names=['origin', 'dest'])
pairs = pd.concat([coord.add_suffix('_1').reindex(idx, level='origin'),
coord.add_suffix('_2').reindex(idx, level='dest')],
axis=1)
pairs.head()
```

Out[76]:

Breaking that down a bit:

The `add_suffix`

(and `add_prefix`

) is a handy method for quickly renaming the columns.

In [57]:

```
coord.add_suffix('_1').head()
```

Out[57]:

Alternatively you could use the more general `.rename`

like `coord.rename(columns=lambda x: x + '_1')`

.

Next, we have the reindex.
Like I mentioned last time, indexes are cruical to pandas.
`.reindex`

is all about aligning a Series or DataFrame to a given index.
In this case we use `.reindex`

to align our original DataFrame to the new
MultiIndex of combinations.
By default, the output will have the original value if that index label was already present, and `NaN`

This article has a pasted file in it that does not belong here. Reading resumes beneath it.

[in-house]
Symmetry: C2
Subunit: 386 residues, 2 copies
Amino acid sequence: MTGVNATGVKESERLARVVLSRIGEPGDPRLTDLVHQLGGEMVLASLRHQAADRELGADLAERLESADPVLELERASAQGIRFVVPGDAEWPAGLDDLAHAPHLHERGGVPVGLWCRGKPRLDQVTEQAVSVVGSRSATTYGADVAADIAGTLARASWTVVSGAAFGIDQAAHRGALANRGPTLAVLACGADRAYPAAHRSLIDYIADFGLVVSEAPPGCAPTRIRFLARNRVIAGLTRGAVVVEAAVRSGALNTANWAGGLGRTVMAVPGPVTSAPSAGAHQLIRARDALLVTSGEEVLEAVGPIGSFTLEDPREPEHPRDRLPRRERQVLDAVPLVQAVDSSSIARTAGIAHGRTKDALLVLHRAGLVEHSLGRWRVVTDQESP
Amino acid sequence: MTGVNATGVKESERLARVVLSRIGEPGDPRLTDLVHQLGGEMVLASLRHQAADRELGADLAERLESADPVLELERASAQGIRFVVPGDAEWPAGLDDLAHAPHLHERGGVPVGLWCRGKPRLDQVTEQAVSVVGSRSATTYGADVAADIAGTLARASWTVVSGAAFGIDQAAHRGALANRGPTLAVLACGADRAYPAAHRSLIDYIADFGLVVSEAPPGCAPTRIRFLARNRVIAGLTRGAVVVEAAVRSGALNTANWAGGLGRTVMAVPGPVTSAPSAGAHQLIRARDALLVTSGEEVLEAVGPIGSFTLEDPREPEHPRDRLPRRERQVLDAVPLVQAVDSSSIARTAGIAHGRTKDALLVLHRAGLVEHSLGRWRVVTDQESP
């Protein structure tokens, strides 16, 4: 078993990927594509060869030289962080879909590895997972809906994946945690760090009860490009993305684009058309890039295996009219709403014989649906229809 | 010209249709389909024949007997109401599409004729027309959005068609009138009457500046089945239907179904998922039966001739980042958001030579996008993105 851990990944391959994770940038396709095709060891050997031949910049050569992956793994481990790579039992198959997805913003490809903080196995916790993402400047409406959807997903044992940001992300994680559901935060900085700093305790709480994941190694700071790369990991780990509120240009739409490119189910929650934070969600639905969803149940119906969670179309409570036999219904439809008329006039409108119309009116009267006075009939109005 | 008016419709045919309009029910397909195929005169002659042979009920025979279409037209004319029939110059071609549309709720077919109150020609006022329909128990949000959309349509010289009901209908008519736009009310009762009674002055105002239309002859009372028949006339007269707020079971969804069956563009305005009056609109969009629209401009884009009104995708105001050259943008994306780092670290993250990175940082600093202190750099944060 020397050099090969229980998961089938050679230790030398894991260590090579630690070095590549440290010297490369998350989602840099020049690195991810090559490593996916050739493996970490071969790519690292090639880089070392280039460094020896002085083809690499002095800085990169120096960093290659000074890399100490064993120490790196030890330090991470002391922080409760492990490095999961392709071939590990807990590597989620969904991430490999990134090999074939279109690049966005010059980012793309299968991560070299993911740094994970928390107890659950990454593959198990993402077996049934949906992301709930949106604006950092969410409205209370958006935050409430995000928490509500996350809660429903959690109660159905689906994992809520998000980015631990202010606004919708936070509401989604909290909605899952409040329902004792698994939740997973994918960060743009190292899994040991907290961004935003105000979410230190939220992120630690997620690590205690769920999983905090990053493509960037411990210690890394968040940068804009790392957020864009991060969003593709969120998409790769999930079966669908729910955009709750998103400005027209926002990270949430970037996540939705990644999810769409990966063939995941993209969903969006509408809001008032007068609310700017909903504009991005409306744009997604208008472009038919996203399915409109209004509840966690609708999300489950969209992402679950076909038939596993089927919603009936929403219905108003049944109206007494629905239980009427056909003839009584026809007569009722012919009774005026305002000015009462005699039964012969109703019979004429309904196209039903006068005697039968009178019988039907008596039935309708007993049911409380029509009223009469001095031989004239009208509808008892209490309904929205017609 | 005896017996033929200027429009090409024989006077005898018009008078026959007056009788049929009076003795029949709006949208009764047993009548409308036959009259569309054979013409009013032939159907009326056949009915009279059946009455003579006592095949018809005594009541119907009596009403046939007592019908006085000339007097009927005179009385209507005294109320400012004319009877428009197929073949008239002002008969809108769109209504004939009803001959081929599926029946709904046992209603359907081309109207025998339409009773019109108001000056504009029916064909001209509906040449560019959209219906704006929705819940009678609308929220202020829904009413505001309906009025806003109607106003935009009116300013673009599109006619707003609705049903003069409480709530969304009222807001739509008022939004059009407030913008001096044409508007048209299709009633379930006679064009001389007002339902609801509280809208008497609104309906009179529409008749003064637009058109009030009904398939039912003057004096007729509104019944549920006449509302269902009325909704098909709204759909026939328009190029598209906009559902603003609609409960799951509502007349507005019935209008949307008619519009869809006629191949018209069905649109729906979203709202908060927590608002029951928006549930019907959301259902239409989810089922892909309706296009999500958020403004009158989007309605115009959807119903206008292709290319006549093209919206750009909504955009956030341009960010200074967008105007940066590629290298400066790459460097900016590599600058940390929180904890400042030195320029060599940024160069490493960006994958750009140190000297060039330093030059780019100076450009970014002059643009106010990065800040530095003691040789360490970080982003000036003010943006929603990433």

otherwise.
If we just called `coord.reindex(idx)`

, with no additional arguments, we'd get a DataFrame of all `NaN`

s.

In [18]:

```
coord.reindex(idx).head()
```

Out[18]:

That's because there weren't any values of `idx`

that were in `coord.index`

,
which makes sense since `coord.index`

is just a regular one-level Index, while `idx`

is a MultiIndex.
We use the `level`

keyword to handle the transition from the original single-level Index, to the two-leveled `idx`

.

`level`

: int or name`Broadcast across a level, matching Index values on the passed MultiIndex level`

In [59]:

```
coord.reindex(idx, level='origin').head()
```

Out[59]:

If you ever need to do an operation that mixes regular single-level indexes with Multilevel Indexes, look for a level keyword argument. For example, all the math operations have them.

In [61]:

```
try:
coord.mul(coord.reindex(idx, level='origin'))
except ValueError:
print('ValueError: confused pandas')
```

In [64]:

```
coord.mul(coord.reindex(idx, level='origin'),
level='dest').head()
```

Out[64]:

Tangent, I got some... pushback is too strong a word, let's say skepticism on my last piece about the value of indexes. Here's an alternative version for the skeptics

In [65]:

```
from itertools import product, chain
coord2 = coord.reset_index()